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Quote:
Originally Posted by gregr2 View Post
Was the junk wax era perpetuated by Topps and the other card manufacturers as a way to increase profits?

There was a huge demand at the time, so yes.

As soon as every Tom, Dick and Harry started putting away full cases of new cards to pay for their future retirement or kids education, the junk era started in full swing.
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Old 12-13-2013, 06:50 AM
tulsaboy tulsaboy is offline
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Rich-can you explain your comment about 1981-1986? I'm not challenging, just curious. I wonder if production of those years was significantly higher than it was during, say, 1975-1980, or if more people were becoming aware during that era of the importance of keeping unopened product (and keeping their cards in good shape). The second explanation would inform the reality that a box of 1982 is easier and much cheaper to source than one of 1978. If all other things are equal, it is hard to say that a span of 4 years totally explains the 500% or so disparity in the price of unopened product.
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Old 12-13-2013, 07:04 AM
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Greg Ryk0w$k1
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Quote:
Originally Posted by D. Bergin View Post
There was a huge demand at the time, so yes.

As soon as every Tom, Dick and Harry started putting away full cases of new cards to pay for their future retirement or kids education, the junk era started in full swing.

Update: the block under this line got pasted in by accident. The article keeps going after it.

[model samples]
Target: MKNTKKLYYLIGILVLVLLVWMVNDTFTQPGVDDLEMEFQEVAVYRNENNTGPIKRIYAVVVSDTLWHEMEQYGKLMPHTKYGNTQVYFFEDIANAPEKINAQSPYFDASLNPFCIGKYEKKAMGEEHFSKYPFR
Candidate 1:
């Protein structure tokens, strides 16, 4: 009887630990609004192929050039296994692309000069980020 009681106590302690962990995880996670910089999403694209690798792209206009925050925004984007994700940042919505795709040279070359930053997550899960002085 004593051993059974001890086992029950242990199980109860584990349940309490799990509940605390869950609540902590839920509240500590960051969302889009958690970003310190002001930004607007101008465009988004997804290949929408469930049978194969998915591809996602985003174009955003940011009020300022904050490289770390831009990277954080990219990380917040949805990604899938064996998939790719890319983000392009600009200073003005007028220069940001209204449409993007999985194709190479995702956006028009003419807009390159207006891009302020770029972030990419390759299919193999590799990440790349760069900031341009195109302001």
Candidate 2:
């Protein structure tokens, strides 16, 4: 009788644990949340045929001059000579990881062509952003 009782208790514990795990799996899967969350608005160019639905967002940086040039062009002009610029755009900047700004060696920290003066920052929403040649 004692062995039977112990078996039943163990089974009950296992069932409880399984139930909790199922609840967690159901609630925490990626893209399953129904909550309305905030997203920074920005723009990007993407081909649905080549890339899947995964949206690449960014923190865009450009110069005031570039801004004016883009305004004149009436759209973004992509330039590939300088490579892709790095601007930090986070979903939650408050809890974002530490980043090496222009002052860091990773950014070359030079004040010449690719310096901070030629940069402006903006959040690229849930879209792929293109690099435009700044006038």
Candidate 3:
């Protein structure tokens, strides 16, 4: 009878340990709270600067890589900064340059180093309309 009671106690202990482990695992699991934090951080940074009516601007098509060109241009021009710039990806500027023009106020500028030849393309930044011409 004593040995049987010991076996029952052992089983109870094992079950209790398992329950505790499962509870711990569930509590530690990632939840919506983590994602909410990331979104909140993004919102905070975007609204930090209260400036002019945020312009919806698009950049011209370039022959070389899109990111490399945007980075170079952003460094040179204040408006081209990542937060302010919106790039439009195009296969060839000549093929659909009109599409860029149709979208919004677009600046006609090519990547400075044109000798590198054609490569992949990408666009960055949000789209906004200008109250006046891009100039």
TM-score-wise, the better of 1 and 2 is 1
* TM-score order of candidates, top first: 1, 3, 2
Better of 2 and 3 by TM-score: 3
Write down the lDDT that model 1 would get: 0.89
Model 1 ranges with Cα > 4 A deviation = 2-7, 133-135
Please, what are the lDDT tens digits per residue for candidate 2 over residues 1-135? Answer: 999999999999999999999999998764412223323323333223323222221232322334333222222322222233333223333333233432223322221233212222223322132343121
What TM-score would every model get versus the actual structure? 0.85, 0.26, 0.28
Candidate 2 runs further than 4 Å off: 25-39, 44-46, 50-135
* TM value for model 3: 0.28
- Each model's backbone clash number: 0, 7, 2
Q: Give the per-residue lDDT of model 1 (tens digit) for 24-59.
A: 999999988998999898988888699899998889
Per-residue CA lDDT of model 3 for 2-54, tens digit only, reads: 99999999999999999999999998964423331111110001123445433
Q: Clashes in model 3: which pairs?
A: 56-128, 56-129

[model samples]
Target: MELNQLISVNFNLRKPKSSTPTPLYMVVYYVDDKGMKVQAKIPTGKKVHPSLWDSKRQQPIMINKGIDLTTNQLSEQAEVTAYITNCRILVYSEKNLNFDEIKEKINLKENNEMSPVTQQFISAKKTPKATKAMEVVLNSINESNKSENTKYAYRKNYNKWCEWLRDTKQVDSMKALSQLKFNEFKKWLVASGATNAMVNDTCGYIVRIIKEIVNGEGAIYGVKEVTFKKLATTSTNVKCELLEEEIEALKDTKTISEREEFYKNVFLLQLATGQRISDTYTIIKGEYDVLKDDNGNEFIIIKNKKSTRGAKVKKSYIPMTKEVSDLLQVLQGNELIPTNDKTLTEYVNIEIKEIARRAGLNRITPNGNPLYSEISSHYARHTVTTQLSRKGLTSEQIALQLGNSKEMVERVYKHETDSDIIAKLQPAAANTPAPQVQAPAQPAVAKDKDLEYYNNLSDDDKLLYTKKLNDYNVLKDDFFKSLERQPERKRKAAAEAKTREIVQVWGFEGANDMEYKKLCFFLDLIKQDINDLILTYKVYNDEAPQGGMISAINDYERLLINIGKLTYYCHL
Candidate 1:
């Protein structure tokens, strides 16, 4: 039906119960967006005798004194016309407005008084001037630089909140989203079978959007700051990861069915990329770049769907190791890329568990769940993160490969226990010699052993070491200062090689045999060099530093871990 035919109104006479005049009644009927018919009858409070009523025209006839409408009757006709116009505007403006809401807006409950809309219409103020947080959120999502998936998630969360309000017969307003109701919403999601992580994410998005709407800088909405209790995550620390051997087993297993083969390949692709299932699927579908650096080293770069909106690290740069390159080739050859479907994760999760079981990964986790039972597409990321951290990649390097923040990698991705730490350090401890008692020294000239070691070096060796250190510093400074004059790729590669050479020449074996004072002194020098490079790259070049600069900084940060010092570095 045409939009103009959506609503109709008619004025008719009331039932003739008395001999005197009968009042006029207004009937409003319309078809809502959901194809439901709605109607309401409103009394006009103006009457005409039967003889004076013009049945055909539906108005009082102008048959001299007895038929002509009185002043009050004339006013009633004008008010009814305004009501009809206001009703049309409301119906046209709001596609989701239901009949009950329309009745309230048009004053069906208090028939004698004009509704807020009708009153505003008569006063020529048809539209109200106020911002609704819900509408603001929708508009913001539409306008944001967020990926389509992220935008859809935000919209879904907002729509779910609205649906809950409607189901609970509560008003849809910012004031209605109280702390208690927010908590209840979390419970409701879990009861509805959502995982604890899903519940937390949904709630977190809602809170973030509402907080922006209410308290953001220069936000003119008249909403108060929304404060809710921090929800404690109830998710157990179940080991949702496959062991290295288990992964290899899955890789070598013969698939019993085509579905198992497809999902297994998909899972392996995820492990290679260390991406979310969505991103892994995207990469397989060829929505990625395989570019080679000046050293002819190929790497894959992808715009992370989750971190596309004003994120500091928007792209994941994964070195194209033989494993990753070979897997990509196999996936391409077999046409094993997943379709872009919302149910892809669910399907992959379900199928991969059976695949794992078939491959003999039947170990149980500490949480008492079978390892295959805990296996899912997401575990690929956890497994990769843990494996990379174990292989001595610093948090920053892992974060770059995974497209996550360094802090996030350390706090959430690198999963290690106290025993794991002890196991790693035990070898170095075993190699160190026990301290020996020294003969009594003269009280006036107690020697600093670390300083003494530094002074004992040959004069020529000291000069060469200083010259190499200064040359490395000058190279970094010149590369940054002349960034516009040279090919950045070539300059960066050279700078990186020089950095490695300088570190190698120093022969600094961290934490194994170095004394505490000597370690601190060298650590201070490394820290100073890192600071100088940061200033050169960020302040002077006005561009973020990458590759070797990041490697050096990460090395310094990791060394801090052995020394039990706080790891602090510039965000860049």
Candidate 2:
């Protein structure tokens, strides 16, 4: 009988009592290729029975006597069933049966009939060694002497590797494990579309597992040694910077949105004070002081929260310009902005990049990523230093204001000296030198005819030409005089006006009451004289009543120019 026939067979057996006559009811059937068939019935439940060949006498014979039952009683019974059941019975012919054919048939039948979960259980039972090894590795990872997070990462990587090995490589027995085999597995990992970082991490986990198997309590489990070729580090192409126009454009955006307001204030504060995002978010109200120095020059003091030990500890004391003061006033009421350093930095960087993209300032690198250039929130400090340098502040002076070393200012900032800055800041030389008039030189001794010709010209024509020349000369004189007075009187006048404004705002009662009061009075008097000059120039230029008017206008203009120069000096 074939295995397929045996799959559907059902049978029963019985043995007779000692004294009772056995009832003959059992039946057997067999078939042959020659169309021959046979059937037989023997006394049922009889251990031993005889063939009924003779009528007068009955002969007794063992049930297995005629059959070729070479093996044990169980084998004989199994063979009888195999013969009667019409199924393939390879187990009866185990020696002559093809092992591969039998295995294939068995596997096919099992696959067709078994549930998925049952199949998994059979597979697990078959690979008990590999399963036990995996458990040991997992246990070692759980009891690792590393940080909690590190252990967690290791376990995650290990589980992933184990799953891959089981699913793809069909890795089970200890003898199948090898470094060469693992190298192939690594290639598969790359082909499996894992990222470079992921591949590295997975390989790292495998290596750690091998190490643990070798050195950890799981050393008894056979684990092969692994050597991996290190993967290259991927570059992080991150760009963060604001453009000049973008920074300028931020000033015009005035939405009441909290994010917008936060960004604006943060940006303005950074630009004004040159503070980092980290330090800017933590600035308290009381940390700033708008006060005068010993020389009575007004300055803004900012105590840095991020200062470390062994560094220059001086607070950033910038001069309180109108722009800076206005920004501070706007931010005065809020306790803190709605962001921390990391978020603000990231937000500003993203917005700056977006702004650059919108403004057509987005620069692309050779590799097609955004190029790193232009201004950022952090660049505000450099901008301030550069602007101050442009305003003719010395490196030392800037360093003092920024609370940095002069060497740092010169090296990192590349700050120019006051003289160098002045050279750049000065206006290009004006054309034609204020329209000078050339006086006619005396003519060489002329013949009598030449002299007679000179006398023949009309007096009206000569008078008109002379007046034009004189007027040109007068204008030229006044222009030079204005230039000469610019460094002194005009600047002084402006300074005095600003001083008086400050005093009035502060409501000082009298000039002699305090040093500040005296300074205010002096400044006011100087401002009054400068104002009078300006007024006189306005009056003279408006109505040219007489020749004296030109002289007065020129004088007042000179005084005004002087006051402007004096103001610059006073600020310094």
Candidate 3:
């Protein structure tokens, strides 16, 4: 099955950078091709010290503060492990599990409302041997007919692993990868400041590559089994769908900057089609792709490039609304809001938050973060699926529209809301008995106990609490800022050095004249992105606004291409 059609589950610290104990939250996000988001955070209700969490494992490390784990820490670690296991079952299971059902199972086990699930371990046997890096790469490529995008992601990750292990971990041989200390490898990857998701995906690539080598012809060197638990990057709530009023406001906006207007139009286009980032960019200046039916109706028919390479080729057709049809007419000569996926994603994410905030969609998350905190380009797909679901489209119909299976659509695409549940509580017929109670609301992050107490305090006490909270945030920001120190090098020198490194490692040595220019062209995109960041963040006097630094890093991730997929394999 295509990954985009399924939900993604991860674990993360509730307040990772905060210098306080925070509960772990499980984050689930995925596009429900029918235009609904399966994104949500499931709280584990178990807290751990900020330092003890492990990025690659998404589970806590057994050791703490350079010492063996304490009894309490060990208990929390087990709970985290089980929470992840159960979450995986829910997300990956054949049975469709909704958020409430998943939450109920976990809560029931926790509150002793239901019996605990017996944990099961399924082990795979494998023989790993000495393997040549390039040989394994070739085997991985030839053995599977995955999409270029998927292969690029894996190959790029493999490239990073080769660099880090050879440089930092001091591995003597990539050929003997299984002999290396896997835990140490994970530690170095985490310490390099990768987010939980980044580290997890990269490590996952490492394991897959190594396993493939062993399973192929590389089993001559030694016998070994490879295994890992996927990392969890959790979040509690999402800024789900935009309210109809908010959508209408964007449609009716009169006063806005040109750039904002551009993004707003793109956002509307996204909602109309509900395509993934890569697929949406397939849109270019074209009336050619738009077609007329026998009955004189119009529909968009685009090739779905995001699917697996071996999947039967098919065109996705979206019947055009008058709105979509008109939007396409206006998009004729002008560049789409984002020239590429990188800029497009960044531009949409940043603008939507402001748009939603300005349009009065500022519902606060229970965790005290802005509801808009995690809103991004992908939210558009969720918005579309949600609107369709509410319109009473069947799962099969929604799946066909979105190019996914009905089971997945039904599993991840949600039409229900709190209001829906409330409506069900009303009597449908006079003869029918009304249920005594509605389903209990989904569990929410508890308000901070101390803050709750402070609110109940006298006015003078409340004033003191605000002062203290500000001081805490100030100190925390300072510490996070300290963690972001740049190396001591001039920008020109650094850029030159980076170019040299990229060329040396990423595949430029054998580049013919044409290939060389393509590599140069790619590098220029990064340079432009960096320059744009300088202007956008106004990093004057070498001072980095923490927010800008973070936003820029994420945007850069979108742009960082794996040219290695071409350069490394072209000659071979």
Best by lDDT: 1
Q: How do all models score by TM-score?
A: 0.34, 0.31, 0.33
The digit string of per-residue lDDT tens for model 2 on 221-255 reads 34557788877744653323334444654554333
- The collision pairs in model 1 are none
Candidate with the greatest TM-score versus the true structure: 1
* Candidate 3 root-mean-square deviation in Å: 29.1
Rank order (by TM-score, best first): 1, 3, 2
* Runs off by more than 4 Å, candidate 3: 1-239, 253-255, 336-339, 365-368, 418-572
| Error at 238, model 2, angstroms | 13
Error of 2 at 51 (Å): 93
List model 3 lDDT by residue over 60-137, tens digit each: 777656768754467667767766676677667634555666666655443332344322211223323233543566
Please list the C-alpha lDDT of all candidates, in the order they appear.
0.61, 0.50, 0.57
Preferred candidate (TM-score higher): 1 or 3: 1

Thanks for the information!
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Old 12-13-2013, 09:24 AM
Rich Klein Rich Klein is offline
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Default We used to believe

That there were certain times of "wax" explosion

There is definately more wax and cards issued in 1978 then in the pre-78 era and then in 1981, especially with the three companies there was a major uptick in card production. That is why you see a ton more

78 sets then 77 and 1981 sets then 1980, etc.

81 to 86 was definately a time with big production but the real explosion began in 1987.

Hard to explain but 87 became "the year" for the over production and more unopened was saved that year in part because of the then immense Topps (and Donruss and Fleer) RC crew.

Then 88-91 at the very least were printed till te cows came home and even 92-94 was very heavily produced. Remember by 1993 at Beckett we were shipping over 1 Million Baseball magazines a month and selling a good proportion of those magazines. And one of the primary reasons was the interest in new products. The reason there is slightly less 92-94 product out there then the 87-91 era is there were more products in those years and thus a diffusion of those products make for seemingly less out there.

But there are still a ton of singles until about 94 so I'm OK with 87-94 as the overproduction era

Rich